Cardiff, Wales — There is a tradition at bryozoology meetings that we get out into the field as a group. Caroline Buttler (our organizer) and Lesley Cherns (Cardiff University) took us during the afternoon to two sites. The first (shown above) is the excellent Carboniferous-Triassic-Jurassic section at Ogmore-by-Sea. Tim Palmer took me here on an epic field trip three years ago, and my blog post from then has some of the important geological details. Basically, we have an extensive exposure of the Carboniferous Limestone (High Tor Limestone, Dinantian in age), topped by an unconformity with Triassic wadi deposits in some places and a Jurassic limestone (Sutton Stone, Hettangian). The group above is scampering about on an exposure of the Carboniferous Limestone.

Here the bryozoologists are examining the unconformity between the Carboniferous Limestone (which they’re standing on) and the Jurassic Sutton Stone above.

Andrej Ernst (University of Hamburg) managed to find tiny bryozoans in the Carboniferous Limestone.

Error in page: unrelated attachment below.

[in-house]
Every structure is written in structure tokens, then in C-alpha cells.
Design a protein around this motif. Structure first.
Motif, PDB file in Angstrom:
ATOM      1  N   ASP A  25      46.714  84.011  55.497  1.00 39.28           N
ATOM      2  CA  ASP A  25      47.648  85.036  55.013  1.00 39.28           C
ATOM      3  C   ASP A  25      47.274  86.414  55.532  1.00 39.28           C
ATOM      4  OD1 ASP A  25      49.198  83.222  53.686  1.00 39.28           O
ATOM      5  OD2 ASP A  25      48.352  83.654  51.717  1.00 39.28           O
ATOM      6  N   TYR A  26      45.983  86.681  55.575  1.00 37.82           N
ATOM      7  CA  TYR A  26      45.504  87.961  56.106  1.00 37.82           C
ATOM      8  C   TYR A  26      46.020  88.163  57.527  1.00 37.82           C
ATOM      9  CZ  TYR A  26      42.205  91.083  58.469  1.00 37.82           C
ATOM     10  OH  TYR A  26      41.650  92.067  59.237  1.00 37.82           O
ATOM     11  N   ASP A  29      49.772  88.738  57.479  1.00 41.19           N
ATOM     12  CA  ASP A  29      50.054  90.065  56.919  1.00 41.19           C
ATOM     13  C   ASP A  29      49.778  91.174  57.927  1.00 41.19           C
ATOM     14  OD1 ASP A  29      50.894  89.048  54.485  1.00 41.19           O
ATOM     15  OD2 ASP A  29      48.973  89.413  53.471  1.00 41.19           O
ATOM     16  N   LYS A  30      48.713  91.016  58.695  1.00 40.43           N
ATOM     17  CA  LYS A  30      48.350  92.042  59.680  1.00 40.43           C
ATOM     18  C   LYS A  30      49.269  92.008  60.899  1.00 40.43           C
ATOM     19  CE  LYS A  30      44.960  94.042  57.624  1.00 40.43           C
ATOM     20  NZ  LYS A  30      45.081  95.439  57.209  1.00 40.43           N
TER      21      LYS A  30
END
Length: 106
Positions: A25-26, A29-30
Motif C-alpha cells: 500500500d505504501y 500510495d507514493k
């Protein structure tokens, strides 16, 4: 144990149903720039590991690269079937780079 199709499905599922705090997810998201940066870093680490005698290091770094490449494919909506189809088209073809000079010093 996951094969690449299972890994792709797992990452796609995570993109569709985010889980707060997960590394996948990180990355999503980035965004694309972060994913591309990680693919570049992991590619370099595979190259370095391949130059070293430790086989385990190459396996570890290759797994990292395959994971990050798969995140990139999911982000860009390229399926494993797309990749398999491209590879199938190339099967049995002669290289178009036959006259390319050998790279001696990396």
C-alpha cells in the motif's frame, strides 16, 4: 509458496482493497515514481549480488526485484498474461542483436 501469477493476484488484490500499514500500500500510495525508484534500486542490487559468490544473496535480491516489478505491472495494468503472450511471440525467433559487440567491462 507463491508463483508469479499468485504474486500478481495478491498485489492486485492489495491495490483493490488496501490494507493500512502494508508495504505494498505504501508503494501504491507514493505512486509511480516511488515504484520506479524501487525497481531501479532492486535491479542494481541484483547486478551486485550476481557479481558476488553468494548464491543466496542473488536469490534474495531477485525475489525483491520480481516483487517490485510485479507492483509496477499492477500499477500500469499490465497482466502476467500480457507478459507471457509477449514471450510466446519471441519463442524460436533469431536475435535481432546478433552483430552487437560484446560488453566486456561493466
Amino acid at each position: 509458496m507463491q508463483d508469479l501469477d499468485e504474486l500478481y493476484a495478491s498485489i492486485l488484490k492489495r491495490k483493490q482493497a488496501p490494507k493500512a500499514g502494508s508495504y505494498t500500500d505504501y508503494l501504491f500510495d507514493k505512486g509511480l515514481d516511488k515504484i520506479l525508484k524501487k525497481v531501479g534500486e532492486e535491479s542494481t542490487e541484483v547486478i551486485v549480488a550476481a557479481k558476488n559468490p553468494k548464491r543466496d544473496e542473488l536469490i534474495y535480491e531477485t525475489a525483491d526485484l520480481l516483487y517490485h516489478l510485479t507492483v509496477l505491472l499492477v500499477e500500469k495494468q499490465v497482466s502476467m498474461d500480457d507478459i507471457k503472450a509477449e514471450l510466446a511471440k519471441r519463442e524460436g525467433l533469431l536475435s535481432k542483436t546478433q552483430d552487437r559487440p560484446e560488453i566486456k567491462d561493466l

Hans Arne Nakrem (University of Oslo; Natural History Museum) and me looking studious with the Carboniferous Limestone.

The Carboniferous Limestone has fantastic sections through large rugose corals.

The trace fossil Zoophycos (“rooster tails”) is also common in the Carboniferous Limestone.

Our second stop was at an Upper Triassic section at The Bendricks along the coast. Here we see desert and flash flood deposits with … wait for it …

… dinosaur footprints! One rather battered example of a print from a three-toed theropod dinosaur is shown above. (Grallator is the ichnogenus.) These were among the earliest dinosaurs, so seeing such a trackway is very cool. You can read here a detailed assessment of the tracks.

Thank you again to Caroline Buttler and Lesley Cherns for arranging this fun trip.

Wooster Geologists in Southwestern Utah (May 2018)

May 25th, 2018

This month, our geological technician Nick Wiesenberg and I had the privilege of taking two Wooster Independent Study students into southwestern Utah to do research on the Carmel Formation (Middle Jurassic). The students were Ethan Killian (’19) on the left and Galen Schwartzberg (’19) on the right. (You’ll get better view of them in the links below where we have blog entries for each day.) I plotted out the localities during a solo expedition last month. We hope we are re-establishing a field area for several more years of work.